Italian scientist Girolomo Cardano, in 1550, said witchcraft was merely an illusion of minds distorted by poverty and undernourishment, and confessions were therefore worthless.But against massive, systematic propaganda, and backed by Pope Innocent VIII who trotted out the ”Witch-Bull, it was difficult to hold out. Clerical machinery was organized and lay intelligence was not. Moreover, the clergy controlled education. The sheer weight of documented rubbish ultimately overwhelmed most rational minds. There was a general sacrifice of the intellect made easier by that other phenomenon, the treason of the intellectuals. The Lutherans and Calvinists were equally caught up; in Geneva which had been free of witch trials saw Calvin introduce a reign of terror in which in the sixty years after his coming, one hundred and fifty witches were burned.

Most of the confessions rested ultimately on torture even though many confessed . It was because thoudands had been tortured into saying they were witches, that the mythology had been built up and now seemed so certain that other thousands, without torture, confessed in tune. Many witches were undoubtedly impelled by exhibitionism. This was largely true of young girls, some of whom were cured by finding real lovers instead of imaginary incubi. Others, old and feeble, undernourished and half demented, these poor women hated their neighbors with peasant rancor and were hated by them in turn. They lived in a world of malice and delusion, wished to cast spells, dreamed of night flying and the Devil, and would gladly have served Antichrist, if he existed, to oppose the Christian society which they felt was mobilized against them. When the highest and most learned authorities gravely assured them that all these things were real and could be proved out of books, who were they to dissent?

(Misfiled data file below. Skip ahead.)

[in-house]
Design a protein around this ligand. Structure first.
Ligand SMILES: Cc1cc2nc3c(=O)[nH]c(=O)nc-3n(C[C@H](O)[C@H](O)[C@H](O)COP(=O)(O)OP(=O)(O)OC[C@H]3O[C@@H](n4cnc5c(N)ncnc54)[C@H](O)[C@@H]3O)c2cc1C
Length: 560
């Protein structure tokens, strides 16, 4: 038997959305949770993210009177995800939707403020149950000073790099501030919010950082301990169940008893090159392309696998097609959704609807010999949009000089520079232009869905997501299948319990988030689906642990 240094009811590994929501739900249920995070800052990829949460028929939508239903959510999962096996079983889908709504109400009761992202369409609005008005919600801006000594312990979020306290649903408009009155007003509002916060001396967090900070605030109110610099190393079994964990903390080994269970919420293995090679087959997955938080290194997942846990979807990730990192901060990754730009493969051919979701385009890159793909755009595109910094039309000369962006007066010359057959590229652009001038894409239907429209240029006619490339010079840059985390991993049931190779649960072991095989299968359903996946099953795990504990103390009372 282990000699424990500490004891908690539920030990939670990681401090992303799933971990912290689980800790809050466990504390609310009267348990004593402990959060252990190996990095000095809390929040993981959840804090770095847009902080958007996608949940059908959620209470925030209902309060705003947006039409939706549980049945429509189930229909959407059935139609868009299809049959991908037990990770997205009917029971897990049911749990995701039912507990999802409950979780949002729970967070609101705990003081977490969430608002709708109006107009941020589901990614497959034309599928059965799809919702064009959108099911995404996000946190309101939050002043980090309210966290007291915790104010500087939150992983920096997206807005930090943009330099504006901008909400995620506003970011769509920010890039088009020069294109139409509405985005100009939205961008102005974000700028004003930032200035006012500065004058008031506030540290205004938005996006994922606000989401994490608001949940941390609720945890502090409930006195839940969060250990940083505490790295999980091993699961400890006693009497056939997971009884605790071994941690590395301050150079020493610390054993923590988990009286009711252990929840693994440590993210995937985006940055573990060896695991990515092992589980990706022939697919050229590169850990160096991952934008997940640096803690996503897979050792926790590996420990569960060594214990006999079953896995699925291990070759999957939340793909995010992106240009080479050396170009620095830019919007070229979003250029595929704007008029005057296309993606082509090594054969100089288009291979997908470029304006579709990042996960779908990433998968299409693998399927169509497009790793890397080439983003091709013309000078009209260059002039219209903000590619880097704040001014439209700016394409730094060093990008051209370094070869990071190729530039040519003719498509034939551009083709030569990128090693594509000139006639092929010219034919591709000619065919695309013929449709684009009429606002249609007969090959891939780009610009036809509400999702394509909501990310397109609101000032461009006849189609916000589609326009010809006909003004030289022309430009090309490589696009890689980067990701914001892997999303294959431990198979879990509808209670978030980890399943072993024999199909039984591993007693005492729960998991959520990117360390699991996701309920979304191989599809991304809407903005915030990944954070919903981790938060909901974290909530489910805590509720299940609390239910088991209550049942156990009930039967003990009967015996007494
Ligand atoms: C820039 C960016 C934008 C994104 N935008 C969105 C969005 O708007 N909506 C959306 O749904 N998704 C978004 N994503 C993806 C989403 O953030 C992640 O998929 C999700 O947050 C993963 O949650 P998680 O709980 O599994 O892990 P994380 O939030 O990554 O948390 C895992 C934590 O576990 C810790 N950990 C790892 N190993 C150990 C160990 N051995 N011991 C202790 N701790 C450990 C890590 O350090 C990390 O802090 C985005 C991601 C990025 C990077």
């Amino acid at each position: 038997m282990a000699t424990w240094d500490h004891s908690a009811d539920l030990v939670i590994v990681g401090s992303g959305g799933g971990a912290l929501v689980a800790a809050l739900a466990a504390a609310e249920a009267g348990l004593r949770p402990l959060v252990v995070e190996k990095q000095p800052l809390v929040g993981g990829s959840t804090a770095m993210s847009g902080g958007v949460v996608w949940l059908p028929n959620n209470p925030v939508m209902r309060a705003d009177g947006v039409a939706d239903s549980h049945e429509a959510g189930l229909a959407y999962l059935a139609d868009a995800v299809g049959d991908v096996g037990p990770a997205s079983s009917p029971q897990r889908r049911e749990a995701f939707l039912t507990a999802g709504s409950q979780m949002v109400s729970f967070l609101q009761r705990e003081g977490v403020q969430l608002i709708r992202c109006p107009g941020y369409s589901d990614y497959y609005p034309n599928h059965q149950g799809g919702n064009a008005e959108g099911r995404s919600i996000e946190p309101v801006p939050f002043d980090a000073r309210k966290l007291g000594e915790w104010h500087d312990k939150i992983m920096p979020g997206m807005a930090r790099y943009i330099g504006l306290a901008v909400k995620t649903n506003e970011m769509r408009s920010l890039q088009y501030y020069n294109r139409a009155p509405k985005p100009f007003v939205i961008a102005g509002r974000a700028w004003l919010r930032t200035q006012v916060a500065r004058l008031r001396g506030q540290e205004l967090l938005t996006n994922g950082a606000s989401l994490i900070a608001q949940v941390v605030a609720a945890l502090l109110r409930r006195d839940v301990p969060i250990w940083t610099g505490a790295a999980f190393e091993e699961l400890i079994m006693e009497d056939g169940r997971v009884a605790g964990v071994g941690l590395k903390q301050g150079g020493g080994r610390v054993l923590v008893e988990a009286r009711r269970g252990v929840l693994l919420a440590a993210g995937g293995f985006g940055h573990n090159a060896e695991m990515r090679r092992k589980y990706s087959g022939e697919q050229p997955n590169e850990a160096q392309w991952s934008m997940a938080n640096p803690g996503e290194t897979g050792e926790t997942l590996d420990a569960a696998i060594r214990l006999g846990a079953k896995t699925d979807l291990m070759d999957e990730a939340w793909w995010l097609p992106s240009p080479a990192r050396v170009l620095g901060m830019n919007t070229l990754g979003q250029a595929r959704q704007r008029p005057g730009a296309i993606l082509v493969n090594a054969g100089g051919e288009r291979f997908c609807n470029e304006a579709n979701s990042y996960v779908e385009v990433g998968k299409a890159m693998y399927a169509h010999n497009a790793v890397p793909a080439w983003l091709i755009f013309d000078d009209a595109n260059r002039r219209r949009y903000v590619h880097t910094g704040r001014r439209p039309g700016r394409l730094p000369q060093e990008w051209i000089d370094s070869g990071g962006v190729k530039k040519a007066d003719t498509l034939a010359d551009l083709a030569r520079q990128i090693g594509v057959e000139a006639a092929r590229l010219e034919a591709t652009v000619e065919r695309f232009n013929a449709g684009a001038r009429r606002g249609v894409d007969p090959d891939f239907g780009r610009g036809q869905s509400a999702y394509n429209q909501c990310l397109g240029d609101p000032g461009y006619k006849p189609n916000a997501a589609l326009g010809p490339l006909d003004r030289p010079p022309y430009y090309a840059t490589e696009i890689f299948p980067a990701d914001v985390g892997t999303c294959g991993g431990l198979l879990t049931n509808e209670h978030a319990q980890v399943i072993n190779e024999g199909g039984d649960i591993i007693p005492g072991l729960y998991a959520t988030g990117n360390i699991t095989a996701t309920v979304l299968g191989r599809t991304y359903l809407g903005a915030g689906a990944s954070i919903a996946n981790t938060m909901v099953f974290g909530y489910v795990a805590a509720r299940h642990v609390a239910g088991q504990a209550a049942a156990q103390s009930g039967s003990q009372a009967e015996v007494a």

From Ingemar Bergman and the film ”The Seventh Seal”:

The Seventh Seal. Ingmar Bergman

The Seventh Seal. Ingmar Bergman

”The Crusader’s quest is ended, and he has achieved his one significant action: rescuing Jof, Mia, and the baby. Yet what the Crusader found at first was an altogether different kind of humanity: people who believe only in God as a scourge, the punish cause of plagues and death, and who punish in their turn. Religion for them becomes suppression, cruelty, persecution, the burning of innocent girls as witches, the gruesome realism of the crucifixes in the peasants’ churches. In one of the grimmest scenes on film, Bergman shows us a procession of flagellants: a line of half-naked men lashing one another; monks struggling under the weight of huge crosses or with aching arms holding skulls over their bowed heads; the faces of children who wear crowns of thorns; people walking barefoot or hobbling on their knees; a great gaunt woman whose countenance is sheer blankness; slow tears falling down the cheeks of a lovely young girl who smiles in her ecstasy of masochism. The whole thing echoes the church painter’s repulsive murals. The procession interrupts the jolly, bawdy “art” of a trio of strolling players and halts while a mad priest screams abuse, shouting out the ugliness and mortality of his audience, long nose or fat body or goat’s face. Glutted with hate, he joyfully proclaims the wrath of God, and the procession resumes its dogged way over the parched, lifeless soil.

Such is religion, Bergman seems to say, to those who see God as hater of life. Art (as represented by a surly, tippling church painter) becomes the representation of death, both physically and allegorically, to gratify the people’s lust for fear.”